Film Magazine

The Julian Fellowes Benevolent Fund

Caspar Salmon examines the decline and fall of the UK film industry. (Sorry about all the italics.)

Whither the UK film industry? Some have reported it missing in action; others, unaware of its existence, demand to be told what it is and what it looks like. The thought of what, exactly, is up with UK film arises when looking at a list of British movies released last year, more than a few of which have made little-to-no impact on what might be called the public consciousness. Even the top three UK films at the box office last year – Fantastic Beasts: The Secrets of Dumbledore; Belfast; Downton Abbey: A New Era – have an air of already-forgottenness about them. Other movies, such as the Colin Firth and Matthew MacFadyen-starring Operation Mincemeat, crept into the UK top ten practically unwatched by anybody, simply unheard of by the masses.

There exists a strange sense of an alternate reality about these films. How can a prestige picture like Joe Wright’s Cyrano de Bergerac have come and gone, essentially unseen by all, only to wash up in the landfill of the streaming services some time later, there to permeate public awareness even less? Something called The Phantom of the Open, a home-grown comedy telling the true story of the world’s worst professional golfer, starring Mark Rylance broke the UK top ten, but garnered a desultory box office performance, where once it would’ve played to a fine old gallery of mammies and pappies, and possibly scored big internationally with its tried-and-tested formula of heartwarming Little Englanders who attempt something and sort of succeed (The Full Monty, Calendar Girls and, to an extent, Eddie the Eagle). These films, it seems clear, are Not Connecting With Audiences, and possibly haven’t been for a while. On the face of it, this would appear to be a uniquely UK phenomenon, as a comparison with the French film industry might illustrate – of which, more later.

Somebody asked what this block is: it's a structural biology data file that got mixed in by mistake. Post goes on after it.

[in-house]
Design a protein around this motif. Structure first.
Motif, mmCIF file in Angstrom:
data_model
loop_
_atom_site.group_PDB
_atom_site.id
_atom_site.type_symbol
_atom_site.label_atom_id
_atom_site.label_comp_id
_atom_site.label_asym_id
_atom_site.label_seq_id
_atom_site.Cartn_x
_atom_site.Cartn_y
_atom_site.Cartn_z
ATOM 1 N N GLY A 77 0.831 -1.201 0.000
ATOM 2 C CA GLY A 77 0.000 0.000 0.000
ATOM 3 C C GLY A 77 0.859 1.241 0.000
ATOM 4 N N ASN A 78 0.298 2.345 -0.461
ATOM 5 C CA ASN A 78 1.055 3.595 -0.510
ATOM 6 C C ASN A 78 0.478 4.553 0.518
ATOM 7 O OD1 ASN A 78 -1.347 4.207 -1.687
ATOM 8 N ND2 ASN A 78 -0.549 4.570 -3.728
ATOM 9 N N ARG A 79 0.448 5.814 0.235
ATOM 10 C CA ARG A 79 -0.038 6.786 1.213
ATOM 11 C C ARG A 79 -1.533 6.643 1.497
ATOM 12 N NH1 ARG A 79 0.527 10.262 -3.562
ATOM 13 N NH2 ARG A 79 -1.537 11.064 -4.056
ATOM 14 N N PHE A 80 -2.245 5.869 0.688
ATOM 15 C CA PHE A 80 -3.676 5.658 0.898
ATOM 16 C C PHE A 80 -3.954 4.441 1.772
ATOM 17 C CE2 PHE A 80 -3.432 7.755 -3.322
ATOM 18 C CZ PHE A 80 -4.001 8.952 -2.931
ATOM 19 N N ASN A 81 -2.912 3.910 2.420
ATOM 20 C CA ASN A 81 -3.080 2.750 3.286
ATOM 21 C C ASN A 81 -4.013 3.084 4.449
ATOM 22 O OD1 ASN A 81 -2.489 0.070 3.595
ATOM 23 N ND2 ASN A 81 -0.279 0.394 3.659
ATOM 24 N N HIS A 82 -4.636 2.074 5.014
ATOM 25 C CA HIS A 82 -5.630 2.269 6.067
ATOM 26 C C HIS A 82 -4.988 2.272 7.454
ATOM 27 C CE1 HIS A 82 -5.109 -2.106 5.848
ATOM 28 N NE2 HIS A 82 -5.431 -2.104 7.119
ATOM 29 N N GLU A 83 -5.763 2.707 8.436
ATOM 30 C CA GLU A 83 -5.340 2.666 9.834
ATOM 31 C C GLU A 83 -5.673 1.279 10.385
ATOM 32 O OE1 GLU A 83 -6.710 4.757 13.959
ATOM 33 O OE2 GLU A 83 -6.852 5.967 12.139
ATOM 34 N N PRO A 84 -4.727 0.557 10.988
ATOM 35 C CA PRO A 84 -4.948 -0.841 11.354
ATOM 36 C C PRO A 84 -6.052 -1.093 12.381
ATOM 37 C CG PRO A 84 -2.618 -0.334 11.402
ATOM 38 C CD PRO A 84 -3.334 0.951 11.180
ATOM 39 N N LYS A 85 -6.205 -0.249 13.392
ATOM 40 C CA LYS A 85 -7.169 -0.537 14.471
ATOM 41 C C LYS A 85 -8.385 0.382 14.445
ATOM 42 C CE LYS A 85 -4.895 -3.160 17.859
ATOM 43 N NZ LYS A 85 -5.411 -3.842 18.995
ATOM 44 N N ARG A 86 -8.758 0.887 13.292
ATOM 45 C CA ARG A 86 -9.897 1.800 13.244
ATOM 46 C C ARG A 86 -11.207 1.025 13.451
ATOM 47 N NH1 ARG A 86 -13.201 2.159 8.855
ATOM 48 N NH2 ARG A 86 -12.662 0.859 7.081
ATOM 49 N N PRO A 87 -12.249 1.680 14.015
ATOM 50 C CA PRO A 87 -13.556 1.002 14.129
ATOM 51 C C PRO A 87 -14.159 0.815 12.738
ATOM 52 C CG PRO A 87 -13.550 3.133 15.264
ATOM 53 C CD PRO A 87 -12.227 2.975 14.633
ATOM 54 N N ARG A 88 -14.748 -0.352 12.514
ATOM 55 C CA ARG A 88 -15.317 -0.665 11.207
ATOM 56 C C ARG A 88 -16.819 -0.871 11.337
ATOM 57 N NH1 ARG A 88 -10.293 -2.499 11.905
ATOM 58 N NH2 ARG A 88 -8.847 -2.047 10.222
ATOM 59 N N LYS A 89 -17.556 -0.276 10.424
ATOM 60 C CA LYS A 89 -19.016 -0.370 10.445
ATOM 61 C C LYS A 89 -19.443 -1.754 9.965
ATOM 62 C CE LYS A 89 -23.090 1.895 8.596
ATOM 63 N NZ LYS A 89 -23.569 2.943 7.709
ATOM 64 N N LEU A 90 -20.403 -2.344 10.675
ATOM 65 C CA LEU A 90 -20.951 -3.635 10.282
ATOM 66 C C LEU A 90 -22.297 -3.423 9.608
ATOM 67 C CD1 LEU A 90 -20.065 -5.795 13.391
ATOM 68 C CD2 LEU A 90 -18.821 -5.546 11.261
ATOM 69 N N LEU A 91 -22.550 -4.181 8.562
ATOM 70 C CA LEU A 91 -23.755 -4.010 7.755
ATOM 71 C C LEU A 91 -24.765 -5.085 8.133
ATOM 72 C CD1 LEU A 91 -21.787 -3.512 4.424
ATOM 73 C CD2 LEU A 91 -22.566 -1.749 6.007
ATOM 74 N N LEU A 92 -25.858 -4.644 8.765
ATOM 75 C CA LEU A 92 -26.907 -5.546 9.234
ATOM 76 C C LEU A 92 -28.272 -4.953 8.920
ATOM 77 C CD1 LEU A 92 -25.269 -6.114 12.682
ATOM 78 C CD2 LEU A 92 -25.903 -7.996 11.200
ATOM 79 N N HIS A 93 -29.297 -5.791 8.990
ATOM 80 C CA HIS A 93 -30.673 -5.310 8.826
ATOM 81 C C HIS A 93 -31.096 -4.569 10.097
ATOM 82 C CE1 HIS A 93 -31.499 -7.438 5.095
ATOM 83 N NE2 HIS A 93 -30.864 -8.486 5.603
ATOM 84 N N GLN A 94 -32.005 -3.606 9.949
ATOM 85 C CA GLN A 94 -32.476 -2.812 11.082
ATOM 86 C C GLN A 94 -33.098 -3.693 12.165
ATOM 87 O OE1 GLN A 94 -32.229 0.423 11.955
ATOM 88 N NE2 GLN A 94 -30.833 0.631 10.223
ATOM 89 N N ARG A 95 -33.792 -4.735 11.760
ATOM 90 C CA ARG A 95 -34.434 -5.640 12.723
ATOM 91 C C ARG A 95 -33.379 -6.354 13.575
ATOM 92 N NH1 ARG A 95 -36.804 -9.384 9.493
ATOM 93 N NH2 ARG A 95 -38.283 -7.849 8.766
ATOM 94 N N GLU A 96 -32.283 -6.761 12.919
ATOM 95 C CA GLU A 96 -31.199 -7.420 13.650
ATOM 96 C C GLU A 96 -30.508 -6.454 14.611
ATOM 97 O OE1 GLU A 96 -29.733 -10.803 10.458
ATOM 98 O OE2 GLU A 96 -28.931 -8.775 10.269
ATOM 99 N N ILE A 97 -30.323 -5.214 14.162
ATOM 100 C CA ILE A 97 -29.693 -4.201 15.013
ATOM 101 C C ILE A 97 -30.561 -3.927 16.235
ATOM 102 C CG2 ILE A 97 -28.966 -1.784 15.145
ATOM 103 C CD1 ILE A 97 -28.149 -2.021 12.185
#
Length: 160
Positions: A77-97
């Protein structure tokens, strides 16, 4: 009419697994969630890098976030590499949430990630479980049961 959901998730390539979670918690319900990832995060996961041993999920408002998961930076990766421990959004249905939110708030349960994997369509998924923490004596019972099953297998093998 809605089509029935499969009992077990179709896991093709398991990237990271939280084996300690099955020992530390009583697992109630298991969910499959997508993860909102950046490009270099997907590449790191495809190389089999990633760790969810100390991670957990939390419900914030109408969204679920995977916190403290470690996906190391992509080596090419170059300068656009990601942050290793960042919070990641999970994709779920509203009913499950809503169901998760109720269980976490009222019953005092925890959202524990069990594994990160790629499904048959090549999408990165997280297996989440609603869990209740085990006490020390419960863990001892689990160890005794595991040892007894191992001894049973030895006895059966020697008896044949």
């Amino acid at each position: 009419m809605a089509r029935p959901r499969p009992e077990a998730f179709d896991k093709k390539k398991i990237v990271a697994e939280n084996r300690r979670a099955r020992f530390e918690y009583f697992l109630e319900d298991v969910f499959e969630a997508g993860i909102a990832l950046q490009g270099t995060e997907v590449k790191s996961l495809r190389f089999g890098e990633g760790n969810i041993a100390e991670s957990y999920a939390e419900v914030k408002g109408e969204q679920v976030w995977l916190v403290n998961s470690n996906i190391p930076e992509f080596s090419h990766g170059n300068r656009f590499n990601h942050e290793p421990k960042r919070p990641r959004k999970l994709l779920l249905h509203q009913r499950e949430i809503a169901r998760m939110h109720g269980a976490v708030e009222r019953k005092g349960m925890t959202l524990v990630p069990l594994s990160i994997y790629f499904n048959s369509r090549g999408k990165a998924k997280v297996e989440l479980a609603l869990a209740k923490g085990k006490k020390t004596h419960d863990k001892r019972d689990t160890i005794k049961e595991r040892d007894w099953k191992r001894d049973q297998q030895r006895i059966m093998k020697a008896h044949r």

What is happening here? Covid, for one, the rise of streaming television and the dominance of known-IP franchises at the box office. The UK film industry flails severely when it comes to launching new material, always falling back on James Bond with an almost alarming desperation. But it’s striking that the UK system itself doesn’t appear to have the legs to launch films, keep them in the public realm and get them spoken of. Good Luck To You, Leo Grande, sold on the star persona of Emma Thompson and aimed at large audiences, seems to have fared decently and even won a few prizes, but in a fragmented media landscape it feels like it didn’t completely get through. How does the industry even sustain itself? Of course, general cinema audiences do seem to have tailed off in the last ten years across the board, with 2012’s box office top ten making a sizably bigger buck than 2022’s, but that doesn’t account for the UK’s seemingly vanishing portion of the pie.

One crucial factor is that the UK exists now as a training ground for greater fame across the Atlantic, where future stars are vetted before being launched to celebrity proper in a country that has the infrastructure (the chat shows, social media reach and smarts) to do so. Florence Pugh initially appeared in two esteemed UK films, The Falling and Lady Macbeth, in which she gave two quite thrillingly good performances, before becoming properly famous with her US-based work in Little Women and some Marvel nonsense. Matthew MacFadyen has kept hold of a low-level buzz here, but had to go to the US to break out as a proper star in Succession. Daniel Kaluuya, an actor whose talent was hardly hiding away, could only hit it big in the US after being stuck in perfectly amiable UK shows like Psychoville opposite the boys from the League of Gentlemen. The UK, perhaps because it shares a language with America, is all too often taken along for the US ride, thrilled that we’re nominated for Oscars rather than protecting ourselves and rewarding our own. The decision of Bafta to try to become about international awards, rather than reward the work of UK actors in UK films, has been significant. It inscribes the UK in a position of less-than.